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5 of 5 people found the following review helpful By Joe Epley on June 8, 2011
Format: Paperback
Fred Minnick's "Camera Boy" provides a realistic glimpse of life of a soldier during a one-year tour in Iraq and details in a masterful way a gamut of emotions running from self doubt to the inane antics of young men coping with boredom. The latter were so funny I laughed aloud as I read, disturbing the hospital waiting room while waiting on my wife's eye surgery to be complete. But there were also sadness and poignancy brought about by the closeness of losing friends and the ineptitude of some fellow soldiers.
Fresh out of university, Minnick went to Iraq as a young sergeant working as a photographer with a National Guard public affairs unit. With clarity and feeling, he describes his maturing into a greater leadership position, working in a unit with a majority of females, coping with despair over the murder of an Iraqi friend, quelling his own desires to kill, rushing into firefights with a camera rather than his rifle pointed at the enemy, and confronting posttraumatic stress disorder after returning home. Yet "Camera Boy" does not mire into self-pity or the macabre as some war memoirs do.
Minnick doesn't paint himself a hero, yet reports on the heroic actions of others. With a reporter's prose, he describes working with civilian journalists assigned to cover the war, the attacks on insurgents shooting from mosques, the impact on insurgent death threats on Iraqi civilians who worked for the Americans, the suicide bomber at Marez who infiltrated a U.S. military mess hall, killing 22 and wounded more than 70 others.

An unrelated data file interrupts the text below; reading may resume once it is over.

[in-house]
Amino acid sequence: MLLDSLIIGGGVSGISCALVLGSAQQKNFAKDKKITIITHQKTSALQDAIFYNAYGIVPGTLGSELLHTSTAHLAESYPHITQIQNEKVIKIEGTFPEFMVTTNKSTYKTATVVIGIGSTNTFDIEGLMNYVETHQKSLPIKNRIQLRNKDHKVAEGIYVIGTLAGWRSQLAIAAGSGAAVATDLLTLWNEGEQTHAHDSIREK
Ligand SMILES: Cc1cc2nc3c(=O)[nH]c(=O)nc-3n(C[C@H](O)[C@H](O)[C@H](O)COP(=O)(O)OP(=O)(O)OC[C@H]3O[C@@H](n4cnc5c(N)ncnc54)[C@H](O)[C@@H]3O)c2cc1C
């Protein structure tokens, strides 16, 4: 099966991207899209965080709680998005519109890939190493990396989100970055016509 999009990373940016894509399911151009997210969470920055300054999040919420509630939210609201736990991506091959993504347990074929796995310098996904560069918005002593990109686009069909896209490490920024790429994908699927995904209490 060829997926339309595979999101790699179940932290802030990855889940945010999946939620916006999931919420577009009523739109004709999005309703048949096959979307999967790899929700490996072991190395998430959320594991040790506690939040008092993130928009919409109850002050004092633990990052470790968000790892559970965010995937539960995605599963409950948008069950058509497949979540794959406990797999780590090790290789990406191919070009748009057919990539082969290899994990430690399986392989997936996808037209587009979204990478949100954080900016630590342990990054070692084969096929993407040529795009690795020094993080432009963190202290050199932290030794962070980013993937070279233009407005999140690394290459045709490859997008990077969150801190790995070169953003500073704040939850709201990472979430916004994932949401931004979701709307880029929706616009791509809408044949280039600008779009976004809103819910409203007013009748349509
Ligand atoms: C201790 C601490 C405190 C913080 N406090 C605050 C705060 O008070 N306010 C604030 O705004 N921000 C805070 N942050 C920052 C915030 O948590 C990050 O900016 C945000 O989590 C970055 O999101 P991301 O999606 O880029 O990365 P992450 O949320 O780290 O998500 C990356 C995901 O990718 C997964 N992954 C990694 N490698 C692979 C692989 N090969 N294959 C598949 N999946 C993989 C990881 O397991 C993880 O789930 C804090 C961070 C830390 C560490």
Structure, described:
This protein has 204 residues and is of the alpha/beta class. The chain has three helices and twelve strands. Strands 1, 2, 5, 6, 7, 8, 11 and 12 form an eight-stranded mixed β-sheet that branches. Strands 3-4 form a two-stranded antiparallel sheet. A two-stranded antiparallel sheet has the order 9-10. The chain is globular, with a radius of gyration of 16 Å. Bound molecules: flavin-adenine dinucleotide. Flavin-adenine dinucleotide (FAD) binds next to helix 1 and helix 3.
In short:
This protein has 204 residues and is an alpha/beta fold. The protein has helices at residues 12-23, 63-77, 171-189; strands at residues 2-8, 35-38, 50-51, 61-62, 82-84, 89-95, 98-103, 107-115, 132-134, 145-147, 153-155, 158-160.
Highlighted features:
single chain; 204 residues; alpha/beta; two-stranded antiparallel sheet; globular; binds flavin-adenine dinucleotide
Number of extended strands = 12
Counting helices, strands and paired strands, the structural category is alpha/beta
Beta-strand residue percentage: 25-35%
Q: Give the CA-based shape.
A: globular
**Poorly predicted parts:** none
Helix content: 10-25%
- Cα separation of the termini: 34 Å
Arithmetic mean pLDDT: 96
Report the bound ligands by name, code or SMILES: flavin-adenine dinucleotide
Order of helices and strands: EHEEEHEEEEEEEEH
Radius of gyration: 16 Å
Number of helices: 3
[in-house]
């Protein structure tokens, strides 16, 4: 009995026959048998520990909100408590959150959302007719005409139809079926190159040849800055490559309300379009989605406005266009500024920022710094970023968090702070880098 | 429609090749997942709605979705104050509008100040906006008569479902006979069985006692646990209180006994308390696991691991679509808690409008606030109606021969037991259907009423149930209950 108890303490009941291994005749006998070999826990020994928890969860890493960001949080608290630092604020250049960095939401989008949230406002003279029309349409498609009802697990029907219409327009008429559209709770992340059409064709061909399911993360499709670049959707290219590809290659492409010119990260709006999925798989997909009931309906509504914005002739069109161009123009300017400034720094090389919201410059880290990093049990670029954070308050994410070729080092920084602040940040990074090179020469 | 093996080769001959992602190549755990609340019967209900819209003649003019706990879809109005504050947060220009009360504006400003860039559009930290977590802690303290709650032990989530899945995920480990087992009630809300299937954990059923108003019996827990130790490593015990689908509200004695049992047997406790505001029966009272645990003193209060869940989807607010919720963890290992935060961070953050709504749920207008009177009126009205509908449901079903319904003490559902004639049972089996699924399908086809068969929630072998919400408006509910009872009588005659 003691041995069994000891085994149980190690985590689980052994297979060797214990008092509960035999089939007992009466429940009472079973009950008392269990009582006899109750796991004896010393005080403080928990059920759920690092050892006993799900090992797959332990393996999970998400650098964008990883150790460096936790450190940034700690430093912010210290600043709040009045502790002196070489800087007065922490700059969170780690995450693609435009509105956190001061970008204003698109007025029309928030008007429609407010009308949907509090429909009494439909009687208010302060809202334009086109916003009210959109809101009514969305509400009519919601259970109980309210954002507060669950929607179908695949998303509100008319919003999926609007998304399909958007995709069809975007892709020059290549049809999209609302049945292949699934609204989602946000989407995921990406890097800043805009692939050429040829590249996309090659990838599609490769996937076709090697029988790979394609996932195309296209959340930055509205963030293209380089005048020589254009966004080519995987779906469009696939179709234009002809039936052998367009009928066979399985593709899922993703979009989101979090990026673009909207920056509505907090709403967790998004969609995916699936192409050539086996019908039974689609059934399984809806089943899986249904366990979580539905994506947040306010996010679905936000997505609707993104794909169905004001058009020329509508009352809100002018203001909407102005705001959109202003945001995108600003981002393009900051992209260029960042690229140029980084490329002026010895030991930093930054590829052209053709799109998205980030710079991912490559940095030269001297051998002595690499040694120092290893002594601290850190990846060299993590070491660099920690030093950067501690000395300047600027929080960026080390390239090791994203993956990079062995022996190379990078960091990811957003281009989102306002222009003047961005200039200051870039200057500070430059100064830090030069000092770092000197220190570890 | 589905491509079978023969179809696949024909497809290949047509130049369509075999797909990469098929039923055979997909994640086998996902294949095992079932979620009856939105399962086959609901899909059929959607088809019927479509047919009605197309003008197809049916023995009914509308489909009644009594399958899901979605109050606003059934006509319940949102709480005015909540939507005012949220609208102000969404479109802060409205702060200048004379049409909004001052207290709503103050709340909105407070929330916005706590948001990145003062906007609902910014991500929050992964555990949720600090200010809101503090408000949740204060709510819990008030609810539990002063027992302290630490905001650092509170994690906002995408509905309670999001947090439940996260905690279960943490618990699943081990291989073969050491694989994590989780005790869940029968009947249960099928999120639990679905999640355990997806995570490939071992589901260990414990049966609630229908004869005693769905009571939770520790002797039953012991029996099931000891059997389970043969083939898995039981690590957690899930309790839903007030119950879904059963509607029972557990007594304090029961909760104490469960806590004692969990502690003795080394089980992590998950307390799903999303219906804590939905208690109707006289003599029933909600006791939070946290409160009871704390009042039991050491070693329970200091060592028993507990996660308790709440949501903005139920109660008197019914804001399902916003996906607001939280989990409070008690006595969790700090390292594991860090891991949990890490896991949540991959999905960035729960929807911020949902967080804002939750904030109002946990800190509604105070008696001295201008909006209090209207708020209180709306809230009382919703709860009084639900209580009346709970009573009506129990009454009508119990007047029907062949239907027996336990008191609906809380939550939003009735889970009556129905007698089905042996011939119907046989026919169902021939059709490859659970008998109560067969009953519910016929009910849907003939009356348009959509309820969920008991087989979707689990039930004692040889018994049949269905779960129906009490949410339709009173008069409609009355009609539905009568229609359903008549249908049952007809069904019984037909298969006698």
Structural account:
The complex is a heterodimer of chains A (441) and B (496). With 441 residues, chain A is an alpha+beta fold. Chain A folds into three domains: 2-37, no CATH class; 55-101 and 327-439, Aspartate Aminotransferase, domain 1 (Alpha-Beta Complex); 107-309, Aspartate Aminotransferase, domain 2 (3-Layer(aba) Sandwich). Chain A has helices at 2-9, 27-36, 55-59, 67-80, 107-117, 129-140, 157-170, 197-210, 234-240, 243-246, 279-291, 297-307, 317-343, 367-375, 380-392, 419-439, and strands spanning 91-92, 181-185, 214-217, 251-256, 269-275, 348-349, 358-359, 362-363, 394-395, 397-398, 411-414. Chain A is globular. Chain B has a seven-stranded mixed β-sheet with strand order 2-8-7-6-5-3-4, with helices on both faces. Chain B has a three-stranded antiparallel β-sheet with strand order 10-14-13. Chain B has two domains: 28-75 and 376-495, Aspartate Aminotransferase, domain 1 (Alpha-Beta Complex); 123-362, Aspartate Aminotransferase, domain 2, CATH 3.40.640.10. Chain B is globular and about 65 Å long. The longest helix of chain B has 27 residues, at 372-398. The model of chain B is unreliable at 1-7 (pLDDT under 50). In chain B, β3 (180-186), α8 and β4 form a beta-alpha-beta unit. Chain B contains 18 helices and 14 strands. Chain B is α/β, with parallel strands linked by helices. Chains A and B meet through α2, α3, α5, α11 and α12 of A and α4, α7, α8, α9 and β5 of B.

He works at being leader, but admits to his failings. His examples provide good lessons in leadership for young NCOs and officers.
Anyone wanting a good understanding of what our soldiers' experiences in Iraq, particularly in the earlier years of the war, should read "Camera Boy." A strong sense of patriotism comes through in the book without flag waving and self-aggrandizing.
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4 of 4 people found the following review helpful By Ms. Gentry on May 1, 2011
Format: Paperback
I met Fred earlier this year in our capacities as wine writers. He did not ask me to review his book, in fact, when I told him I was going to download it, he stated, "you're going to think of me differently." My response was, I have no expectations of who you should be, you're you.

After reading it, I admit I would not have liked Fred if I had known him then. He writes honestly about his unflattering behavior. It's rare that writers will leap out there with such honesty. But there is also a soft side and an incredibly vulnerable Fred in the book. It's a portrait of a real person, not an idealized soldier.

Here's an irony that I don't know if Fred sees. He's a PR guy who's job is to be a storyteller. He could have easily exploited this in his memoir by telling a sugar-coated story or criticizing the Army. He doesn't though. Instead, he writes a painfully real story, his story, just the way it is for him.

Especially recommended for folks who are interested in or studying the memoir genre.